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Photons violate Uncertainty Principle?

  1. Feb 10, 2013 #1
    A photon is considered as a quantum particle, right?
    However since we know the speed of a photon(speed of light) and hence can predict its position, isn't it violating the Heisenberg Uncertainty Principle?
    Where am I going wrong? Is it false to believe that a photon is a quantum particle?
  2. jcsd
  3. Feb 10, 2013 #2


    Staff: Mentor

    isnt it momentum vs position? so even though we know its speed we might be limited in knowing its momentum (ie wavelength or its frequency) .
  4. Feb 10, 2013 #3


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    It's a bit difficult to talk about a photon's position since there doesn't exist a well-defined position operator for a photon.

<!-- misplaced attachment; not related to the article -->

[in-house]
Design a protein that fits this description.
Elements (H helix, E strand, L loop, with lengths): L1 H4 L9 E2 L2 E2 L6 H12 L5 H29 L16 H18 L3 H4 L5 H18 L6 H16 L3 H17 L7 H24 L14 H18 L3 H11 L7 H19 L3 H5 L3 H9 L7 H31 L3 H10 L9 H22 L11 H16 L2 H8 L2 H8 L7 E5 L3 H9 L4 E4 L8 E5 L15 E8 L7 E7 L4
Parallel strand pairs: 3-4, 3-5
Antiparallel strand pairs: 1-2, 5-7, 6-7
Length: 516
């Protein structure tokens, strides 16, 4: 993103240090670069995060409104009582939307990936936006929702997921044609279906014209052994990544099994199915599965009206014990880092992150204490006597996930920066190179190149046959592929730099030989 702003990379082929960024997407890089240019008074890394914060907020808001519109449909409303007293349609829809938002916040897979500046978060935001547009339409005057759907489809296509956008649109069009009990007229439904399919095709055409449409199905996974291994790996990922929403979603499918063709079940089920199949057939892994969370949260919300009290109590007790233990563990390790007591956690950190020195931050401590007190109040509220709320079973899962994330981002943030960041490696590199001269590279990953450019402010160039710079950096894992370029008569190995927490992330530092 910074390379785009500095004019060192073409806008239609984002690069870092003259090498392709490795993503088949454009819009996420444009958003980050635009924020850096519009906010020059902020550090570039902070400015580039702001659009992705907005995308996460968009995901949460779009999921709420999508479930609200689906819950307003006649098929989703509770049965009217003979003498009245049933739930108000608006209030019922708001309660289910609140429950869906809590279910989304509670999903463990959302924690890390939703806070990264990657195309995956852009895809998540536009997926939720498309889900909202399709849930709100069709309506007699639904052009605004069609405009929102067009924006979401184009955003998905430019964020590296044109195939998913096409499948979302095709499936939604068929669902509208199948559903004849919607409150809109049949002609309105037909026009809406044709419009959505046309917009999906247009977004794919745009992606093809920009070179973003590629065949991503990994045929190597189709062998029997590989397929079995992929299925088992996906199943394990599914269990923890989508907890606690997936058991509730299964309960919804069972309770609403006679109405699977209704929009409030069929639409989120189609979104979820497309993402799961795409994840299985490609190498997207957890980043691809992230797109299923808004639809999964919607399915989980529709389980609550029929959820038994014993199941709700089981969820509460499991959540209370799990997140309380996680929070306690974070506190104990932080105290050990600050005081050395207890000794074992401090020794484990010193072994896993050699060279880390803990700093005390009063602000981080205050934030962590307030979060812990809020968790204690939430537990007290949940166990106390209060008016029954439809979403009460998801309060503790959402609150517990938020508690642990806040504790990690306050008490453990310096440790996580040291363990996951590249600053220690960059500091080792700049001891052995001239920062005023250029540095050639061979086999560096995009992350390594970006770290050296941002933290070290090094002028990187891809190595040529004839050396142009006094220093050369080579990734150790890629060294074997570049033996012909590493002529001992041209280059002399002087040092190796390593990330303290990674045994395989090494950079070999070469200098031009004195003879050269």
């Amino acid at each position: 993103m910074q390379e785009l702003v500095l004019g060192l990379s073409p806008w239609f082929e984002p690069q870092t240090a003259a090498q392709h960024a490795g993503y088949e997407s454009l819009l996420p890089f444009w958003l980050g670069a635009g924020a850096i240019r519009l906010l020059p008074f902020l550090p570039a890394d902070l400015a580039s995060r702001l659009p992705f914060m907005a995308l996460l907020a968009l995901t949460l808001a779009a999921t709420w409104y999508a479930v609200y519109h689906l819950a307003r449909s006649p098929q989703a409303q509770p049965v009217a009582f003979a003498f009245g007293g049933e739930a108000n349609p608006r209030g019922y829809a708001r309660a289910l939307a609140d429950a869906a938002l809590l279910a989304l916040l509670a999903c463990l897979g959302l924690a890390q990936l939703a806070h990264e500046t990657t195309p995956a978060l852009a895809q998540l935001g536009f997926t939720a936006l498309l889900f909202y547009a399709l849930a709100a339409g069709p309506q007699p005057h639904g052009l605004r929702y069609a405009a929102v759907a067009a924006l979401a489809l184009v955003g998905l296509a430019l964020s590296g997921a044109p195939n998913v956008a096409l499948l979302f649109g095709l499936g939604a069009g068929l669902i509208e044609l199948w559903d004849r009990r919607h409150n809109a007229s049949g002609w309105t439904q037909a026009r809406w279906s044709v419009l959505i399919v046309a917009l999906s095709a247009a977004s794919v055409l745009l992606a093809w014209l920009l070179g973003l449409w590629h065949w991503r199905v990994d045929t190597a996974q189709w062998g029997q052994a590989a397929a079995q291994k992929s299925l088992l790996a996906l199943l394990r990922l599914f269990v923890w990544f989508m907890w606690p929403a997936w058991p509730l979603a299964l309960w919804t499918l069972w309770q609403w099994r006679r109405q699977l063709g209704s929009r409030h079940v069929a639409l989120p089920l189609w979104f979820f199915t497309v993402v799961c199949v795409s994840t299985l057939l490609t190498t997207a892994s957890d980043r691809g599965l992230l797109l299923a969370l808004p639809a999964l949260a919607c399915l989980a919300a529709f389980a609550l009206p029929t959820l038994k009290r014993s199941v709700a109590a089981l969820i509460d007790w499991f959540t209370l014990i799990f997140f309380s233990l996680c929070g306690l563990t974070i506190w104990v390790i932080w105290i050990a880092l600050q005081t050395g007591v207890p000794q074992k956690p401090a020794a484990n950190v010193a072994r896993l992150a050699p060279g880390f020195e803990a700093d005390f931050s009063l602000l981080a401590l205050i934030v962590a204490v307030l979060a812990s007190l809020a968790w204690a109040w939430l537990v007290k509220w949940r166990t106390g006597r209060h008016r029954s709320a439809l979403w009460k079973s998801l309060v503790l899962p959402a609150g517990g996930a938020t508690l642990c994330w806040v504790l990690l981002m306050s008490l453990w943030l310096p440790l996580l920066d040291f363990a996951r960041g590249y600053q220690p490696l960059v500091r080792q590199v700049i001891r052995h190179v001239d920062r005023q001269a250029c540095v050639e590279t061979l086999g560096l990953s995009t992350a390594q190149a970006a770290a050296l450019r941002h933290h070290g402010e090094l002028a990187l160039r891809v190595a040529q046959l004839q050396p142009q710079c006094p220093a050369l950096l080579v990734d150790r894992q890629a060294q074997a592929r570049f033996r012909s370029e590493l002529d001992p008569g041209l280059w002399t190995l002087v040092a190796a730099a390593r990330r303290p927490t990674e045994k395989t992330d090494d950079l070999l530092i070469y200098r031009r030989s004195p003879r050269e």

For massive particles, there is a position operator, fulfilling the Heisenberg algebra
    [tex][\hat{x}_i,\hat{p}_j]=\mathrm{i} \hbar \delta_{ij}.[/tex]
    Then for any pure or mixed state the Heisenberg-Robertson uncertainty relation,
    [tex]\Delta x_i \Delta x_j \geq \frac{\hbar}{2} \delta_{ij}[/tex]
    holds. I tells you that the position and momentum of the particle both are not fully determined but distributed with a finite standard deviation, and the product of these standard deviations cannot be smaller than [itex]\hbar/2[/itex] if you consider position and momentum components in the same direction.
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